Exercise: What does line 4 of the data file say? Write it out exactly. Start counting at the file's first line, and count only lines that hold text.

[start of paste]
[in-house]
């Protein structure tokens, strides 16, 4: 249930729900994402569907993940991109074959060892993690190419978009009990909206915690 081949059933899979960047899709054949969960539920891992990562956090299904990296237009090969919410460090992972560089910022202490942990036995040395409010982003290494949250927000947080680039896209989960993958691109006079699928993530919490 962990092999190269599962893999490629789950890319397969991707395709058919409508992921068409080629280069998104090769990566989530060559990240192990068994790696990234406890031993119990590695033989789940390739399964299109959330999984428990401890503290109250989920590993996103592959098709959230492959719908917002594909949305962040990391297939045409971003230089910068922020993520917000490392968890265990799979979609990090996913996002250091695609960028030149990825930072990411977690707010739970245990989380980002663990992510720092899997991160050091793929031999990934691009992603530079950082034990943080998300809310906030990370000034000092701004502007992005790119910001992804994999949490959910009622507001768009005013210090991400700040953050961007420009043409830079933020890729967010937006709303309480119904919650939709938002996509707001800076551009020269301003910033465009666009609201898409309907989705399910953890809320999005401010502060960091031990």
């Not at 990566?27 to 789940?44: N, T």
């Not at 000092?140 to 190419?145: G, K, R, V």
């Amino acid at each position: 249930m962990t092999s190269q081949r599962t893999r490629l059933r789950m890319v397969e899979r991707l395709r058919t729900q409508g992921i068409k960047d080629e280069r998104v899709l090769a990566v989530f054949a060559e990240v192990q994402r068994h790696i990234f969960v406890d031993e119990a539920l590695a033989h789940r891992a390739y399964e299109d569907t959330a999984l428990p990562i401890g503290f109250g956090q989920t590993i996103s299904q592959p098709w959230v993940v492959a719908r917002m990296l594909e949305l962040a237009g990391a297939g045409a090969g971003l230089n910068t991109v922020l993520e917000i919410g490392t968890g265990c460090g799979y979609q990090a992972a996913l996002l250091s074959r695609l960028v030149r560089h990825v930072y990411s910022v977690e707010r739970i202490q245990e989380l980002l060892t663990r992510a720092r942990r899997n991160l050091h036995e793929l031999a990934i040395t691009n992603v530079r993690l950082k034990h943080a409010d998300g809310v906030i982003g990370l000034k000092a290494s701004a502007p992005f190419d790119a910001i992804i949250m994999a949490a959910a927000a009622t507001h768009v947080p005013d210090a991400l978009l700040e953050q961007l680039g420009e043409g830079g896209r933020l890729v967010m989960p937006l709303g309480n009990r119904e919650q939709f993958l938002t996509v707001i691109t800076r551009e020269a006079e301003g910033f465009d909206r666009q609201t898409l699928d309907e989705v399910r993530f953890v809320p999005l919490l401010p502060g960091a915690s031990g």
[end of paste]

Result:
């Not at 000092?140 to 190419?145: G, K, R, V």